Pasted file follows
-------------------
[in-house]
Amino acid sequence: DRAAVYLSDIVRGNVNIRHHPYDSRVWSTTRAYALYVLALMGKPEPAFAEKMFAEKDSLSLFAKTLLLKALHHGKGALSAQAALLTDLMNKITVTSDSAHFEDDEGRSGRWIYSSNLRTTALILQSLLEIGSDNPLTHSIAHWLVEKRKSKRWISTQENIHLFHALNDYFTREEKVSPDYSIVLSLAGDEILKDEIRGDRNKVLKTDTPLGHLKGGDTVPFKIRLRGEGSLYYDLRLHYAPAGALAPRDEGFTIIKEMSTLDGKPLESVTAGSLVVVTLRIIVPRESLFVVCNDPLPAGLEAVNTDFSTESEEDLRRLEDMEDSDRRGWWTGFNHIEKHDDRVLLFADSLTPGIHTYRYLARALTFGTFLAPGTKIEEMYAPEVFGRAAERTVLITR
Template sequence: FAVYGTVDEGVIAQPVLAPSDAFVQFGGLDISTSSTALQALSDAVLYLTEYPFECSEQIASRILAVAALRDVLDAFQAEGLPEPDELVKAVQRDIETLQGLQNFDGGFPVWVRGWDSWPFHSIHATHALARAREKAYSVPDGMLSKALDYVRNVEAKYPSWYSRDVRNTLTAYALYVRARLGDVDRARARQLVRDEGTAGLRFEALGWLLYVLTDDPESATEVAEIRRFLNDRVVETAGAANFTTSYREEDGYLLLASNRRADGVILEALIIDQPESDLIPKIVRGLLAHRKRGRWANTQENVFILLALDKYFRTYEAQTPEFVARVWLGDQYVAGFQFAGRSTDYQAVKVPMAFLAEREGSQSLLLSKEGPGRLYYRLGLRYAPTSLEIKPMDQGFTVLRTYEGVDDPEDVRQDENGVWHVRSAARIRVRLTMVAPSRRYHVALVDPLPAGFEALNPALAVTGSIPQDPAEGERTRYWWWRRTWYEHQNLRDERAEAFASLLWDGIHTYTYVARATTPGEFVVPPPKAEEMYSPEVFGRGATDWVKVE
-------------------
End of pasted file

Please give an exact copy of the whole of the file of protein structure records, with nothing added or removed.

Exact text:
[in-house]
Amino acid sequence: DRAAVYLSDIVRGNVNIRHHPYDSRVWSTTRAYALYVLALMGKPEPAFAEKMFAEKDSLSLFAKTLLLKALHHGKGALSAQAALLTDLMNKITVTSDSAHFEDDEGRSGRWIYSSNLRTTALILQSLLEIGSDNPLTHSIAHWLVEKRKSKRWISTQENIHLFHALNDYFTREEKVSPDYSIVLSLAGDEILKDEIRGDRNKVLKTDTPLGHLKGGDTVPFKIRLRGEGSLYYDLRLHYAPAGALAPRDEGFTIIKEMSTLDGKPLESVTAGSLVVVTLRIIVPRESLFVVCNDPLPAGLEAVNTDFSTESEEDLRRLEDMEDSDRRGWWTGFNHIEKHDDRVLLFADSLTPGIHTYRYLARALTFGTFLAPGTKIEEMYAPEVFGRAAERTVLITR
Template sequence: FAVYGTVDEGVIAQPVLAPSDAFVQFGGLDISTSSTALQALSDAVLYLTEYPFECSEQIASRILAVAALRDVLDAFQAEGLPEPDELVKAVQRDIETLQGLQNFDGGFPVWVRGWDSWPFHSIHATHALARAREKAYSVPDGMLSKALDYVRNVEAKYPSWYSRDVRNTLTAYALYVRARLGDVDRARARQLVRDEGTAGLRFEALGWLLYVLTDDPESATEVAEIRRFLNDRVVETAGAANFTTSYREEDGYLLLASNRRADGVILEALIIDQPESDLIPKIVRGLLAHRKRGRWANTQENVFILLALDKYFRTYEAQTPEFVARVWLGDQYVAGFQFAGRSTDYQAVKVPMAFLAEREGSQSLLLSKEGPGRLYYRLGLRYAPTSLEIKPMDQGFTVLRTYEGVDDPEDVRQDENGVWHVRSAARIRVRLTMVAPSRRYHVALVDPLPAGFEALNPALAVTGSIPQDPAEGERTRYWWWRRTWYEHQNLRDERAEAFASLLWDGIHTYTYVARATTPGEFVVPPPKAEEMYSPEVFGRGATDWVKVE